Understanding the dairy and bone relationship

Bigstock Cheese Resized

Dairy can be a mixed nutritional bag, and there have been different views about its benefit for bone. But an Australian study on people in their 80s concluded that it improved bone density and reduced falls.

The study was done over two years with residents from 60 aged care facilities across Melbourne and regional Victoria. Just under 70% were women.

Dairy can be a source of both calcium and protein. The recommended calcium intake for post-menopausal women is 1300mg per day. The recommended protein intake to preserve or increase muscle is 1-1.5 g per kilogram of body weight.

In these facilities daily calcium and protein intakes fell short of those recommendations. Vitamin D levels were adequate because residents were given supplements.

The plan was to randomly select half of the facilities and over the two years boost dairy intake in those and not in the other half to compare the prevalence of fractures and falls between the two groups.

When residents moved out of a facility or died, new people were recruited in their place. The study started with 3980 participants, and over time another 3215 were added — 7195 in total.

The dairy in question was milk, yoghurt and cheese. While butter and cream also come under this umbrella, they’re mainly fat without much calcium or protein. Commercial ice cream contains milk, but it also includes sugar, emulsifiers, thickeners, colouring and flavouring, none of which do bone any favours.

The extra diary was slotted into residents’ diets by, for example, the provision of dairy-based desserts or substituting cheese and crackers as a snack in place of cake or biscuits. So no one was loading up on additional calories.

This took the dairy residents’ daily intakes to around 1100 mg calcium and 1.1 g of protein per kilogram of body weight. While 1100 isn’t quite 1300, it’s close, and vastly more than most women have.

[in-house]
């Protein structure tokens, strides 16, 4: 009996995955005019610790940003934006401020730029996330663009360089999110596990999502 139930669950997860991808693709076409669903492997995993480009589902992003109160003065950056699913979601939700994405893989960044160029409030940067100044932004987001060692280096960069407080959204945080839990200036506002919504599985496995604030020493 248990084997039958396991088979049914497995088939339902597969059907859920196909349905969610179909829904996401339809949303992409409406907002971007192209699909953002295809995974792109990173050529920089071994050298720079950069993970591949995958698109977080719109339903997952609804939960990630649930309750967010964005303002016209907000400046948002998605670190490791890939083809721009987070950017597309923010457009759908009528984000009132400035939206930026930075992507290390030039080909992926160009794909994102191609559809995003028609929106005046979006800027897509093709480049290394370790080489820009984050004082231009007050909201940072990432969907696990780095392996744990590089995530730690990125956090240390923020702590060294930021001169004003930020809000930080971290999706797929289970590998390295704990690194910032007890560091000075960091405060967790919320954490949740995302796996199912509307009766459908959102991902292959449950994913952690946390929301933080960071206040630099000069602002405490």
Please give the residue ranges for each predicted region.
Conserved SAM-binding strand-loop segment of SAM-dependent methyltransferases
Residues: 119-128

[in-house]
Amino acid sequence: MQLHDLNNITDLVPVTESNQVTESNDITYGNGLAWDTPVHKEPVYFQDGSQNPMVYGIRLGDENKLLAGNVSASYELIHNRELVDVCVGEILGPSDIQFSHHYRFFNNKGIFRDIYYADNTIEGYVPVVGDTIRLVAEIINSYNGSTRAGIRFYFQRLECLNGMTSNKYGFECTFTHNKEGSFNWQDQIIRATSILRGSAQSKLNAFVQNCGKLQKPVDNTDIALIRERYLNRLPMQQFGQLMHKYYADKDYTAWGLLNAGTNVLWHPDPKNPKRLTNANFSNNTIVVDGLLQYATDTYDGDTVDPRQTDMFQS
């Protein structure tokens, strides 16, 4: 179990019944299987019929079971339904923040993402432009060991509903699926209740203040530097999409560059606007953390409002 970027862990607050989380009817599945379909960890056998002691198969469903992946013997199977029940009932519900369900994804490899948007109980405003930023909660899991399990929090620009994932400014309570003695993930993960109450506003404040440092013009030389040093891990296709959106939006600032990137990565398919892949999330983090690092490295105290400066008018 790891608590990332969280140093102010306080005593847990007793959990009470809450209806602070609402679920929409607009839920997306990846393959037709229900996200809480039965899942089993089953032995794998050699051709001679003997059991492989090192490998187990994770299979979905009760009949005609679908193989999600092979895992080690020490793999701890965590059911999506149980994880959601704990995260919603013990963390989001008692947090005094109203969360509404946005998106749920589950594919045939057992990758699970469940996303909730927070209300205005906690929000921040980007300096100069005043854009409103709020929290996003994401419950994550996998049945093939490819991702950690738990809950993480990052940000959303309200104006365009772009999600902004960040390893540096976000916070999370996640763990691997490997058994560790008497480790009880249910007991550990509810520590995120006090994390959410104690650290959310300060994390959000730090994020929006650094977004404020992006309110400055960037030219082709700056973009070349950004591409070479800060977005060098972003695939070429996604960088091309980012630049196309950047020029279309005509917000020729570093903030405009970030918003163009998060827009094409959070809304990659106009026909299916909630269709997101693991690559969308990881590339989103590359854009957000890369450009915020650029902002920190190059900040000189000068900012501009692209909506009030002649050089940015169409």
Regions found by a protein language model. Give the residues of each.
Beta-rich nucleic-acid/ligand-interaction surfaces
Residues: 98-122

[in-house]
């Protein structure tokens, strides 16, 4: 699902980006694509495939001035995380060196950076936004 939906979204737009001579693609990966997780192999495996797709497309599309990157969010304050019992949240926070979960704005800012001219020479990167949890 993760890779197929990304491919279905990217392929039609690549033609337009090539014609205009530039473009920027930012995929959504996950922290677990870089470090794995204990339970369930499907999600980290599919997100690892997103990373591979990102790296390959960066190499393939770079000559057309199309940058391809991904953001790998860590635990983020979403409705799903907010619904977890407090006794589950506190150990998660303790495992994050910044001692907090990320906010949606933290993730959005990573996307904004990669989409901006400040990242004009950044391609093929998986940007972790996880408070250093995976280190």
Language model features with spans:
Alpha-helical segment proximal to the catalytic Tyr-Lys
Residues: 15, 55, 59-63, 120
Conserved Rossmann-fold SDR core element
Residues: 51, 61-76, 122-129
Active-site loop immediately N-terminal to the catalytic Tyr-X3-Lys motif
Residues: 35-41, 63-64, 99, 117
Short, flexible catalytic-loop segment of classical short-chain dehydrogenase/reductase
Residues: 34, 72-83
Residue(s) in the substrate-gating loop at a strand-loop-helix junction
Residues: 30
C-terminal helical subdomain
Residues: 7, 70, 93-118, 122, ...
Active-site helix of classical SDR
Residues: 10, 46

Over the two years the dairy group maintained their weight, while the control group lost an average of 1.4 kgs, comprising both muscle and fat. That’s important: we don’t want to be losing weight, especially muscle weight, in our 80s.

There was also a positive effect on fractures and falls.

The dairy group had 33% fewer fractures of any type, 46% fewer hip fractures, and 11% fewer falls, all of which showed up within the first five months.

Bone is constantly remodeling itself — building up and breaking down. The problem after menopause is that with less available estrogen, breaking down can outstrip building up.

The extra calcium and protein appear to have helped slow the bone loss that would have otherwise occurred.

As well as providing mineral content for bones, calcium helps muscles contract and relax. Since bones only grow when muscles contract and tug on them, we need good muscle function for healthy bone.

Protein is also vital for the growth, repair and maintenance of muscle.

A lot of previous studies — on calcium, at least — have failed to show similar results to this one though. Probably because they relied on supplements rather than whole food.

Whole foods are better absorbed, but they also contain a range of nutrients aside from calcium.